My recent collar bone breaking, ass cracking, helmet smashing exploits were done sub 20 miles an hour, I had just crested a rise and was free wheeling, having just replaced a water bottle, when in the distracted state I hit a baseball sized rock and went down. For what ever reason I didn’t slide as evidenced by virtually no road rash and broke things instead. What I’m saying in the most rambling way possible, is that obviously the potential for injury increases as speed increases, but it’s still possible to get pretty hurt at lower speeds. That all being said I think it should be personal choice as to whether you were a helmet or not and heal up quickly, Steve.

  • bart says:

    During a recent long trip to Italia I noted very similar scenes of folks commuting on bicycles. Not a helmet to be found among this category of riders with some going at good speeds.

    For the sport and racing type riders I saw about a 50-50 mix of bare heads and helmets when riding alone or 2-3 in the group. Most groups larger than this all were wearing helmets…

  • shano92107 says:

    Thoughtful post as always Seth. Was shocked and saddened to hear this yesterday. Tilford sounds like one tough walnut to crack, he’ll be up and riding much sooner than he should be- that’s for certain. As for the helmets, yeah they are a totallly useless expensive nuisance- except when shit goes sideways and your head augers into a static surface. And it always happens so suddenly and unexpectedly. Be safe out there people.

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  • Brian in VA says:

    I think good bike handling skills are far more important in keeping one safe. That said, it can be difficult to handle one’s way out of a crash caused by stupidity on the part of someone else. For that reason, I always wear a helmet. That and my bride won’t let me ride without one. She says I’m vegetable enough without helping.
    Safe riding in any case!

  • Joe C says:

    Never know when a loose dog will run out.

  • JEFF says:

    “While looking at the surfers fall off their boards and…” they don’t wear helmets? Well then, hydro cycling is in my future.
    But the real reason I donate these few seconds is to protest your claim that steel bikes are significantly slower than the new technology. . It’s my carbon-free wheel-set that prevents me from riding at those unsafe speeds. My bike is scary fast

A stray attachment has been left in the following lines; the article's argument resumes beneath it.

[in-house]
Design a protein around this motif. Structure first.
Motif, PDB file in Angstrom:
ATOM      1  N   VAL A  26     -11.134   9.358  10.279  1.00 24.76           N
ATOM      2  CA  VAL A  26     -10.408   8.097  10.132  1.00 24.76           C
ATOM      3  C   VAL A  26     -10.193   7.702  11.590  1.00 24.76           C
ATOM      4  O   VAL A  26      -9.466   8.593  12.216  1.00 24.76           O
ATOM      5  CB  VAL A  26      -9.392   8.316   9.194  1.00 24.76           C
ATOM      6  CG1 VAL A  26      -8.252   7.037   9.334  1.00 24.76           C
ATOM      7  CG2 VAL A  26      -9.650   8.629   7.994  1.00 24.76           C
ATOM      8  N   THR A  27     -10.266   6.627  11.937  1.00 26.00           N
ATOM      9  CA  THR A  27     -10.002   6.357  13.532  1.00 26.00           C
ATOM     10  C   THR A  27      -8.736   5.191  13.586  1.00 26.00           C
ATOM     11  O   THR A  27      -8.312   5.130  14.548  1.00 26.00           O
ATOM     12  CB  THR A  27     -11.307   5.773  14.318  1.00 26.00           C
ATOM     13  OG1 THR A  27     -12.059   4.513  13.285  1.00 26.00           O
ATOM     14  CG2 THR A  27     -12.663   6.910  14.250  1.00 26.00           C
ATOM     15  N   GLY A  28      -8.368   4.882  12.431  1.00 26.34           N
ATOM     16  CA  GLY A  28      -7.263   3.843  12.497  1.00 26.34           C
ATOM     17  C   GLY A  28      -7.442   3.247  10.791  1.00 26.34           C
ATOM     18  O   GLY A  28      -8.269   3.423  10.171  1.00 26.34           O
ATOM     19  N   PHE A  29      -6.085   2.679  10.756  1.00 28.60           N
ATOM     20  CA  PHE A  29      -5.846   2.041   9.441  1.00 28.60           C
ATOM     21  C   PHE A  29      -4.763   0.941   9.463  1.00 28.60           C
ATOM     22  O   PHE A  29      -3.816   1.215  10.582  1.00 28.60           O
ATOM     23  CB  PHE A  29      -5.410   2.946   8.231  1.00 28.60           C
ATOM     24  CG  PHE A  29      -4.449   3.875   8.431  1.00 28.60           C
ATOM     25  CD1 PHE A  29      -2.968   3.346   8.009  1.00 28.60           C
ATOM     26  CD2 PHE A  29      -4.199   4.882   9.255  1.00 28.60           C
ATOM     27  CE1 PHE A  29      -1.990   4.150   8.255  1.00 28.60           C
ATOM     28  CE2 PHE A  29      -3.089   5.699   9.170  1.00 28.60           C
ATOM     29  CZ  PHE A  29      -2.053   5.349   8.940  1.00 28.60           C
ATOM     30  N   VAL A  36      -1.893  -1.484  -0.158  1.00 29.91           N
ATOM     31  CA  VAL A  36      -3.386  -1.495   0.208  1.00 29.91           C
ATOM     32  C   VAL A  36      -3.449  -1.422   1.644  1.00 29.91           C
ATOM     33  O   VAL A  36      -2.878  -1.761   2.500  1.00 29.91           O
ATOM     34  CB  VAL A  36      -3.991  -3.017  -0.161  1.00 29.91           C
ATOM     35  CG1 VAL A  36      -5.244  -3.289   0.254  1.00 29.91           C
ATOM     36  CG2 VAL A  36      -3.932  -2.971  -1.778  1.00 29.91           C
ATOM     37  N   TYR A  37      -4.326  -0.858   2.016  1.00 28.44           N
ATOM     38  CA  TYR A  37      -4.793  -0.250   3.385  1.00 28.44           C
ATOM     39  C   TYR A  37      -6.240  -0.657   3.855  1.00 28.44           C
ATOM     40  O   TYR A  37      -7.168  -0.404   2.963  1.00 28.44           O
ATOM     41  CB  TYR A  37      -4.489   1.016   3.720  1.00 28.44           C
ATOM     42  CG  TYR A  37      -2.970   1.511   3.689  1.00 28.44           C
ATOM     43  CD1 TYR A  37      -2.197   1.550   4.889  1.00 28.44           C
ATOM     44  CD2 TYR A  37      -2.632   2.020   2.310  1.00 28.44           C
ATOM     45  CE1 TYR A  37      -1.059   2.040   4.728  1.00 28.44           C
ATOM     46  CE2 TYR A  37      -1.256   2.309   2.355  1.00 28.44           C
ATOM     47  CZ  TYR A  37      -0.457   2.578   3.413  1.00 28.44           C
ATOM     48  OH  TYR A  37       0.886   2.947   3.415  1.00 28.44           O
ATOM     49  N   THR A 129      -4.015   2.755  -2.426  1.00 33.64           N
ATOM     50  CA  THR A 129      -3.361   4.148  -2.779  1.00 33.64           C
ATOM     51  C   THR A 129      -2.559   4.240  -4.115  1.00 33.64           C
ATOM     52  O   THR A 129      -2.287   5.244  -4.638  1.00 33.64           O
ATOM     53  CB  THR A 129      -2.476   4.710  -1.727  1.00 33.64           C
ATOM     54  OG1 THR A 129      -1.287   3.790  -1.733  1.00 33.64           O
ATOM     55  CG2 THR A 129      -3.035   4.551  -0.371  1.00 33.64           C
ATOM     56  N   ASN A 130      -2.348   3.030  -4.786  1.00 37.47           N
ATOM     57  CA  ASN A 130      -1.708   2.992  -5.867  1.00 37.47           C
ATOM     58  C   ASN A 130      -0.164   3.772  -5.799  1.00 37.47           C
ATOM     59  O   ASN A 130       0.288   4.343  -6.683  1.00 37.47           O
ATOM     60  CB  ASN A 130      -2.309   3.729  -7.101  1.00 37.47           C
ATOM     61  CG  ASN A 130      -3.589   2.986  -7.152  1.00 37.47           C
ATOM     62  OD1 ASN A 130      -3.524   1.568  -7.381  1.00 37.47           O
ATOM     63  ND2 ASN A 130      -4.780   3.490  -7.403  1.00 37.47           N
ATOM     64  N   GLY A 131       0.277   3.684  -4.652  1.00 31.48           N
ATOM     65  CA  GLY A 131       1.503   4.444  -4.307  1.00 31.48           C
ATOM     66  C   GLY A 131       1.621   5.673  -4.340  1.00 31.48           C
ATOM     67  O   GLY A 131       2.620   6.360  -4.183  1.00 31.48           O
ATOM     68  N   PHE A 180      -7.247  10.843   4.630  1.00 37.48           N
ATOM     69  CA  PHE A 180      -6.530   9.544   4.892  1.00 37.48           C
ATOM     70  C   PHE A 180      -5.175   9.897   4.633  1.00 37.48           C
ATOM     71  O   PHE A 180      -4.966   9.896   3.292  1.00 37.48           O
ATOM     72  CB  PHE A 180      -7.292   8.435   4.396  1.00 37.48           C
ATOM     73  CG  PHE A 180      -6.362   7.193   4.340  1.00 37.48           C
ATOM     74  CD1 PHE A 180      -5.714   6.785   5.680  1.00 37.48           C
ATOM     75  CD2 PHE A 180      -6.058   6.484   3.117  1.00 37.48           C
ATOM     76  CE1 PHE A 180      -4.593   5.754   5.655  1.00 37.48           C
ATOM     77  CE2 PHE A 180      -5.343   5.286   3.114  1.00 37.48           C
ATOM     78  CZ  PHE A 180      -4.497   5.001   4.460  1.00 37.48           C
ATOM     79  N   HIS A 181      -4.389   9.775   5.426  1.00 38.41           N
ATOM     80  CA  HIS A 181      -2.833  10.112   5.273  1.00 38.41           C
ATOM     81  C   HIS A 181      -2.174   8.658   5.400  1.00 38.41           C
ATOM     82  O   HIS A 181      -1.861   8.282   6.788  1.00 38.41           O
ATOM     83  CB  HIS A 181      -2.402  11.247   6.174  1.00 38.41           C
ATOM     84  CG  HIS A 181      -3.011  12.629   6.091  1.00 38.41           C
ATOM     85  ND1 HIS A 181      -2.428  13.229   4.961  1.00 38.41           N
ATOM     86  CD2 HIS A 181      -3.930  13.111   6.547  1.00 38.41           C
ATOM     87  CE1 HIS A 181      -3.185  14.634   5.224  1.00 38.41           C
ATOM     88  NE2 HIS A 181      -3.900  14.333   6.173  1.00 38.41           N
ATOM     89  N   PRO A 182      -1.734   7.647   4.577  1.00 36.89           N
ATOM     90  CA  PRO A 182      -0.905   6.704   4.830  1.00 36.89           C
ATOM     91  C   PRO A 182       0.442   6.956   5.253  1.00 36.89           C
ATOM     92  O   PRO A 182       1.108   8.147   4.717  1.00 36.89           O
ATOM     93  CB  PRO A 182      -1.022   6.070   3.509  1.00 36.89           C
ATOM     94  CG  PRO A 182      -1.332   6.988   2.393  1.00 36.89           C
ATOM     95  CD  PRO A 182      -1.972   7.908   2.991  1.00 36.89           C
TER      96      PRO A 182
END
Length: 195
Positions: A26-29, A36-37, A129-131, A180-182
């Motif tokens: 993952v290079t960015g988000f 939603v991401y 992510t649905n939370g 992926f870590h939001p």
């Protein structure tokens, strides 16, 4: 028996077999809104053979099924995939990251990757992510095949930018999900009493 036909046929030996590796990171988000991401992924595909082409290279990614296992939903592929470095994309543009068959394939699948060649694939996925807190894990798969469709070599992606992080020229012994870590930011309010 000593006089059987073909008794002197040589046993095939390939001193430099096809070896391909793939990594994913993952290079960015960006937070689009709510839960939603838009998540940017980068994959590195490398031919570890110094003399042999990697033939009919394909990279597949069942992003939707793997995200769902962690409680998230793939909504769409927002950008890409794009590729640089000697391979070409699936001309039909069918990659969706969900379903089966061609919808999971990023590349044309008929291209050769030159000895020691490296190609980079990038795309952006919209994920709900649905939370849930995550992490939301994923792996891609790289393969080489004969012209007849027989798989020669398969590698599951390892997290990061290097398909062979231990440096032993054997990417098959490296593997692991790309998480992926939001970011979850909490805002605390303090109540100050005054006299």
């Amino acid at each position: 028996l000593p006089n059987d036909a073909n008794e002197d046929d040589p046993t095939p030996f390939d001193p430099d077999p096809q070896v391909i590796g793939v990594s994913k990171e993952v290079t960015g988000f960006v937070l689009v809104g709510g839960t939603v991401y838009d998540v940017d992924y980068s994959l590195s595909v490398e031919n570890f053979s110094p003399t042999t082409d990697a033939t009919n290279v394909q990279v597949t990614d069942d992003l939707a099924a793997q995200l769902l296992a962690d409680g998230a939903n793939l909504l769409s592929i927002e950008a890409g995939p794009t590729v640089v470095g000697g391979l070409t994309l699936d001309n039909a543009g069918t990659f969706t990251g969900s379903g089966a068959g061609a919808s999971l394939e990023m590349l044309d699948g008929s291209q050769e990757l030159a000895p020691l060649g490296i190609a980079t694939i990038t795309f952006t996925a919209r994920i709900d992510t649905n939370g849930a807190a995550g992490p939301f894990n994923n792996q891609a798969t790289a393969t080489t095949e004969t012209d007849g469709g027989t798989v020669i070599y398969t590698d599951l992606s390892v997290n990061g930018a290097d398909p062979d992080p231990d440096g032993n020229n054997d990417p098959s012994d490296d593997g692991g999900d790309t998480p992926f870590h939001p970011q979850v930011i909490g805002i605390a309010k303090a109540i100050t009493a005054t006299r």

• Naftali says:

    I shudder to think what would happen to those who suffered concussions while wearing a helmet if they were not wearing one. I had 2 crashes in the past two years, one rear-ended by a car, the other hitting a patch of gravel at high speed. Both times my helmet cracked from the impact, but not my head.

    I find it fascinating the way the ski/snowboard industry dealt with the helmet issue. We all know that many of those shredders are rebellious as it is. So, somehow it became to be cool to wear a helmet as it was perceived that you are a fast and very capable skier/snowboarder, and in fact, so fast. that you HAD to wear a helmet. Now, all the kids want to wear helmets, even if they are on the bunny hills.

    You could be the most careful and safest cyclist out there, and someone will door you or hit you, or you’ll hit a water bottle jettisoned by someone. Wear a helmet.

    • fsethd says:

      There’s solid research showing that helmets make concussions worse unless they have a MIPS-type system. No research has been done on small children and helmets but there’s no way that helmets designed for adult heads and physics (small head, big body), work for little kids (huge head, tiny body). Also, when people talk about helmets and cycling they’re almost always talking about sport cyclists. Slow speed riders have much less need of helmets because helmets are designed to protect from high speed, direct impact blows, not from low speed injuries which are almost always concussions.

      Anyway, there’s the bigger issue of how helmets reduce bike usage, which causes much more injury than unhelmeted falls. Etc.

      Point is that if you’re going anything more than slow and you’re an adult, wear a helmet.

      • Waldo says:

        Your last point is the reason Steve should have been wearing a helmet. If you’re out there alone, doing helmetless time trial training, fine. Doing 30 without a helmet in an elbow-to-elbow crit-like training ride is simply irresponsible. Do enough rides like that and a major head injury becomes a matter of when, not whether.

      • Kimball says:

        Would love to read “solid research showing that helmets make concussions worse unless they have a MIPS-type system.” Sounds like good reading. Can you provide a link?

        • fsethd says:

          I’ve blogged about it. You can also Google it. This is one of the main reason MIPS was invented. The other issue is the actual crashworthiness of the helmets themselves, which is a joke. Better standards have been opposed by industry for 40 years. Specialized, Bell …